Payment technology has rapidly changed over the last several years, especially as the COVID-19 pandemic contributed to the rapid adoption of contactless cards and digital payments. Contactless or “tap-to-pay” cards are credit or debit cards that allow consumers to pay by tapping their card to the payment terminal, rather than swiping or inserting the card.
But such a seemingly simple method of payment has made some people worry about the security of using contactless cards. One such concern is skimming — a method of fraud in which someone steals your credit card information at a gas pump, ATM or payment terminal by attaching a piece of technology to the card reader.
Is tap-to-pay less vulnerable to credit card skimming than swiping or inserting?
Yes, tap-to-pay is less vulnerable to credit card skimming than swiping or inserting.
WHAT WE FOUND
The tap-to-pay method of payment used in contactless card transactions does not put the card in contact with card skimmers, which are typically hidden inside of card readers. Card skimmers record and store credit card information and PINs that can be recovered later to create counterfeit duplicates, which are then used to steal from victims’ accounts, the FBI says. Skimmers will sometimes be attached to the internal wiring of a fuel pump’s card reader or fit over the original card reader at an ATM or point-of-sale terminal.
A majority of these devices are designed to steal information from card swipes, although some are capable of targeting chip payments, the FBI says.
When you tap to pay, your card never makes physical contact with the payment terminal’s card reader, PayPal says. Instead, it sends a one-time code containing your payment information to a payment processor.
The card communicates with the payment terminal through radio waves, says IDX, a consumer privacy company. These radio waves utilize “near field communication” technology that keeps the radio waves within a few inches of the card, ideally just one or two inches, says Thales, a tech company that provides data security for banks and financial transactions.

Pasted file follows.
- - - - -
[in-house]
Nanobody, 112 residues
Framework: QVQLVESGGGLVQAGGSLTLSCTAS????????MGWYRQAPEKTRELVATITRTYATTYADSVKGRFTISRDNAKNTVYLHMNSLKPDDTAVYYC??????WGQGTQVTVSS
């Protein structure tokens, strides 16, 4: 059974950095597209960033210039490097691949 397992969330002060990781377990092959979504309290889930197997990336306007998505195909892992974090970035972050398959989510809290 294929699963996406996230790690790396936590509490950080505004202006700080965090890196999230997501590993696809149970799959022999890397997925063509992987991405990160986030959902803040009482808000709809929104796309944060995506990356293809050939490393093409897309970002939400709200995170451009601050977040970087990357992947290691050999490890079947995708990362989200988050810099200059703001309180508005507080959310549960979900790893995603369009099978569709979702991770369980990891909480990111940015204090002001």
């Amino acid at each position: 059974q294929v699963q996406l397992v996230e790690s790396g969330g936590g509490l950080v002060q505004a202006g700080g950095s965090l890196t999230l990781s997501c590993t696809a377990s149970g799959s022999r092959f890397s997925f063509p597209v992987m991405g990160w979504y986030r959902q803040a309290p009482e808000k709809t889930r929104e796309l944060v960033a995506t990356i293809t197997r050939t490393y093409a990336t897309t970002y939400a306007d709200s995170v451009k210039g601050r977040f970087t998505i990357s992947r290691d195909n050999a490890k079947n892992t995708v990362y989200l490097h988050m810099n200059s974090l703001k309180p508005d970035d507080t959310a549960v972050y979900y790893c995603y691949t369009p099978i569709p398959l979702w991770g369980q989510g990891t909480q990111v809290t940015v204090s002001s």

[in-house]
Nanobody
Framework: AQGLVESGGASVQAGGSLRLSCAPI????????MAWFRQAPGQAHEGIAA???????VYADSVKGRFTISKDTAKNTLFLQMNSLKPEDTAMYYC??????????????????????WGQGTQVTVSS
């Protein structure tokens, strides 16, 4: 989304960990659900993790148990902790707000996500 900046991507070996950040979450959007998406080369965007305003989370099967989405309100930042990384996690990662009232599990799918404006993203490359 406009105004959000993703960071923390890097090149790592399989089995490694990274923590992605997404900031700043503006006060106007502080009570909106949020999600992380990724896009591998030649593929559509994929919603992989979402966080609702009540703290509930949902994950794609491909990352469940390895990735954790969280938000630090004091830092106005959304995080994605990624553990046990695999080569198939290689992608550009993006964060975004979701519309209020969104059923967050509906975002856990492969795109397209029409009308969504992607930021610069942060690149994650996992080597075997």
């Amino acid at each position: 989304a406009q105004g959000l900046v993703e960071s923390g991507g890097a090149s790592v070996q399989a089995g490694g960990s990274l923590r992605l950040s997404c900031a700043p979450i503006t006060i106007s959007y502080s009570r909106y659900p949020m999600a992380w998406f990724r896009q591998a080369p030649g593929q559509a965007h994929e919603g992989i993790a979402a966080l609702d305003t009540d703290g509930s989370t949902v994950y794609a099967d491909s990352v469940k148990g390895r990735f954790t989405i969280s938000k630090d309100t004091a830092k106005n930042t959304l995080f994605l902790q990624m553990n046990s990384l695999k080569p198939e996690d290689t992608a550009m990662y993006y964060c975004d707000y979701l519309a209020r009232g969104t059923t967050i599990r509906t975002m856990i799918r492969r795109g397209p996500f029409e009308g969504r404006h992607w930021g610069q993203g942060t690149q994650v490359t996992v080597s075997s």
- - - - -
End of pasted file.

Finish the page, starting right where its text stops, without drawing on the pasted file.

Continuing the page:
Even if someone tried to use a radio wave skimmer, it’s unlikely they would be able to access your card’s information.
First, a fraudster would have to get the skimmer close enough to the card, which would mean getting it within just a few inches of the card. Contactless cards will only communicate with a genuine payment terminal provided by a payment or credit card company, Thales says, and they won’t try to communicate with these terminals until the cashier rings up the sale, according to Clover, a company that creates payment systems for businesses.
In the event a fraudster does somehow manage to intercept this communication and skim the data, they still don’t have access to your card information. When you tap your card, it exchanges a unique, encrypted code instead of your credit card number and billing address, PayPal says. U.S. Bank says this code cannot be reused.
In other words, the code is useless to a fraudster, U.S. Bank says.
That makes it extremely difficult, if not impossible, to access someone’s credit card information by skimming a contactless card payment. Fraudsters can access the data skimmed through chip and swipe payments without cracking codes.
Contactless ATMs work the same way as contactless payments and therefore also benefit from the security of unique, encrypted codes, says Chargeback Gurus, a chargeback management and data security company.
However, this security only applies to contactless, tap-to-pay transactions. Many contactless cards still have the magnetic stripe necessary to make swipe payments in case a merchant doesn’t have a tap-to-pay terminal. Swiping these cards exposes them to the same skimming risk as any other card, Clover says.
Experts say that tap-to-pay and chip payments are both more secure than swipe payments.